Schools are well and truly back – and with them the dreaded school-run traffic. The car is the usual means of travel to school for a third of kids, and makes up about 27% of rush hour traffic in London. According to the AA, only 20% of schools encourage cycling, often because of safety fears.


Growing up in rural Somerset, I dreamt of riding my bike to school, but three miles of narrow, winding country road, much of it national speed limit, stood in the way. There was nothing wrong with the school bus, but I was missing out on the many benefits of riding my bike.

While many kids, rural and urban, face similar barriers, there are solutions without major interventions such as fully protected cycleways. Though obviously proper bike lanes would be the safest option, rolling them out takes time and the kind of largesse the current Government is more likely to splash on climate-busting roads.

One primary school chair of governors in Oxford and Reading, Zaki Moosa, writing in a recent blog, called the school run ‘the biggest safeguarding risk of all’, because of the danger parents unintentionally pose to other children by driving theirs to school. According to the AA, 56% of parents reported traffic chaos near schools at pick-up and drop-off times. As kids returned after the holidays my social media timeline was littered with videos of jammed roads and inconsiderate driving.

‘School Streets’ are a powerful and relatively simple measure that councils can implement to protect children cycling and walking to school. These restricted road closures in the morning and afternoon around the school can improve safety and boost walking, wheeling and cycling. According to research commissioned by Mums for Lungs, these School Streets are ‘likely to be feasible’ for around half of schools (44-50%).

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While cities outside of London have implemented School Streets at less than 5% of schools, the research estimated if London, Leeds, Birmingham and Bristol alone fully rolled out the measure it could save 32 million car trips per year, or 71 million km of driving. Separate research found the measures cut nitrogen dioxide by up to 23%, were supported by 81% of parents and encouraged 18% of parents to drive less.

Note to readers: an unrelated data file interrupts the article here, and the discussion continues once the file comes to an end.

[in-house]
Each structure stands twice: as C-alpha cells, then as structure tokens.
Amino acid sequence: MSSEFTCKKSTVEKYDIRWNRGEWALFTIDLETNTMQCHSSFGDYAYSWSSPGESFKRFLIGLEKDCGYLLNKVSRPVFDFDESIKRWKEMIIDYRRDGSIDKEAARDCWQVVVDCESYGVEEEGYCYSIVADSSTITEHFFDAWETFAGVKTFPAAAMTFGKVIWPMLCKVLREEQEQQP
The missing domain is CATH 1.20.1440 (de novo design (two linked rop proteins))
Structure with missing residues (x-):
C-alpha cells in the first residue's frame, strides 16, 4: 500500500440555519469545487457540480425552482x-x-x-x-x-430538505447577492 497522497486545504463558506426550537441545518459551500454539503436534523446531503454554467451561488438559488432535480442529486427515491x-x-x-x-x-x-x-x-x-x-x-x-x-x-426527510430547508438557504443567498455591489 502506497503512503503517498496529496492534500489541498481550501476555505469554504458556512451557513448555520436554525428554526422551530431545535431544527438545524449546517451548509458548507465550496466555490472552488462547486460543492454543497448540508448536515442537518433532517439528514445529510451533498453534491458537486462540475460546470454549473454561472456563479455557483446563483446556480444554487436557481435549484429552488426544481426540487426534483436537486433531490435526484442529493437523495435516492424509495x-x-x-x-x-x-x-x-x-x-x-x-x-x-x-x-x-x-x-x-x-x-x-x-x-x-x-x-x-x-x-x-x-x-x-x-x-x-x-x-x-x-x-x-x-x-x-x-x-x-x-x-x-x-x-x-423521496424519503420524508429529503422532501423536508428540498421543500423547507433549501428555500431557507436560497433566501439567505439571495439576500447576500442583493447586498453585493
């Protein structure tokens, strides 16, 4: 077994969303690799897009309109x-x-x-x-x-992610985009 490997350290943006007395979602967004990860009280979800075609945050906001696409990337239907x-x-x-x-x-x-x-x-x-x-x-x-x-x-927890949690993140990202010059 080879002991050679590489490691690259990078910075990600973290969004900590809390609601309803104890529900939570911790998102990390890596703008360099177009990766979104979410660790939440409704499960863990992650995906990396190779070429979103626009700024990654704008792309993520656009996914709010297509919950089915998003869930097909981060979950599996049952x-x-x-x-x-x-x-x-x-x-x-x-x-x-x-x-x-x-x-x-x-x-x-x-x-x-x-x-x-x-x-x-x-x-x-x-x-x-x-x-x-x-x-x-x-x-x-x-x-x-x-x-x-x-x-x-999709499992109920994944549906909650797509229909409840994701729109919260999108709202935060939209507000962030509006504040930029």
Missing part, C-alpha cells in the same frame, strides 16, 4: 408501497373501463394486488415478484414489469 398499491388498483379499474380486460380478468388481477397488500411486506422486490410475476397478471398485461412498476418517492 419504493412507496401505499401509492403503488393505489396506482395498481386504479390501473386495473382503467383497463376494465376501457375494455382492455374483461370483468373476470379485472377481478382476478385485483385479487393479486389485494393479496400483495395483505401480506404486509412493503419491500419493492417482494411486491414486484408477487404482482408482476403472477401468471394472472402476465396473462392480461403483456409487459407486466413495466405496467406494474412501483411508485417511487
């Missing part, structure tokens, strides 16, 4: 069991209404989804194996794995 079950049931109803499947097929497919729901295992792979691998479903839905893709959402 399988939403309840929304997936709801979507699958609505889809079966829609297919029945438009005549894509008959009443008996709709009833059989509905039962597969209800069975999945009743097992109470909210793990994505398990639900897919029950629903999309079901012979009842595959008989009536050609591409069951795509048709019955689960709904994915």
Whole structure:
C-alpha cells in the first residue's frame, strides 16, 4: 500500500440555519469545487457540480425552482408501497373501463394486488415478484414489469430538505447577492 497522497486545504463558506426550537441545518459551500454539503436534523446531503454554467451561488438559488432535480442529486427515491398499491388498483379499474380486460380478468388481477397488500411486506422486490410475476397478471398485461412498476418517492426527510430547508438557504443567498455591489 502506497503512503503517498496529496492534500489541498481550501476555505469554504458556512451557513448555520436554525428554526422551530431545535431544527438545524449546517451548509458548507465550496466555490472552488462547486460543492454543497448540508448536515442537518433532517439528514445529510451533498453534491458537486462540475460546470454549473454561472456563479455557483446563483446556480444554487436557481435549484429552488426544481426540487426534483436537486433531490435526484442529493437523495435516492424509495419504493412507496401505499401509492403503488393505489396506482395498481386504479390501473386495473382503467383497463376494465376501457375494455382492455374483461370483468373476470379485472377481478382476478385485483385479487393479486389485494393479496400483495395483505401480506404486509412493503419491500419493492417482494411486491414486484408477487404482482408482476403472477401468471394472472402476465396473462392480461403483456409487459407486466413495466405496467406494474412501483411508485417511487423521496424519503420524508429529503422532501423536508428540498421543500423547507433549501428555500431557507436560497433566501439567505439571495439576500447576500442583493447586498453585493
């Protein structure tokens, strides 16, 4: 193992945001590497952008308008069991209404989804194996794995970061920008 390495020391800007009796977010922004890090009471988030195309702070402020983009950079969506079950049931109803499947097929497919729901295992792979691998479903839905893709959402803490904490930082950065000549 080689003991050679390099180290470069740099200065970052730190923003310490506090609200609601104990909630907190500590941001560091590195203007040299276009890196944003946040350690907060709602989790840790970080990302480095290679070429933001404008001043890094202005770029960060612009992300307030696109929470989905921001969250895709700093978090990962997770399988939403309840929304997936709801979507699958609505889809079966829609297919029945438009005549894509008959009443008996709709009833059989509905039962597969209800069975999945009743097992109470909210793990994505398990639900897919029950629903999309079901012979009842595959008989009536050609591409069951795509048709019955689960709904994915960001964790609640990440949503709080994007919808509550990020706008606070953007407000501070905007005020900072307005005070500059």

Active Travel England is rating councils on their cycling and walking delivery performances to date, and will prioritise funding to those with the capacity and drive to deliver decent infrastructure. For councils with less of a track record they’re likely to fund measures such as School Street programmes.

There’s an even simpler intervention – cycle training. It is by no means a replacement for safer roads but it’s certainly a good start. Last month, while researching a book I’m writing, I visited a secondary school where half of the children cycle each day. I witnessed pelotons of kids riding home together, despite there being no visible measures to restrict motor traffic.

Most of them will have received Bikeability training, teaching them bike handling skills and how to ride in traffic. It gave these kids the confidence and ability to negotiate at times pretty hostile road conditions.

The kids were clearly having a brilliant time cycling home, despite some pretty dodgy overtaking manoeuvres by drivers. One parent told me the school actively encourages kids to cycle to school from the off, and because it’s the easiest thing, due to the local road layout, that’s what they do.

The Bikeability Trust, the charity tasked with delivering cycle training for adults and children, describes cycling as a life skill like swimming and highlights in some recent research the need for professional training – most parents understandably don’t feel confident teaching children to ride in traffic. The Trust wants all kids to be able to learn cycling skills and confidence – and hopes to achieve this from next year. The latest £20m ‘record’ Government funding is only enough to train 500,000 kids – not even a single year group.

Cycle training helped me understand the roads and gave me the confidence to ride wherever I wanted – opening up a world of opportunity once I got big enough to tackle that winding country road and many like it. It’s surely time that all kids were given that chance, in any way we can make it happen.

Transport journalist Laura Laker has her ear to the world of UK cycling infrastructure, and reports each month in Cycling Plus magazine on the setbacks our community faces – and how we’re fighting back

This article appeared in issue 400 of Cycling Plus, out now. To buy the magazine or subscribe for regular copies, head here.


Illustration: Harry Tennant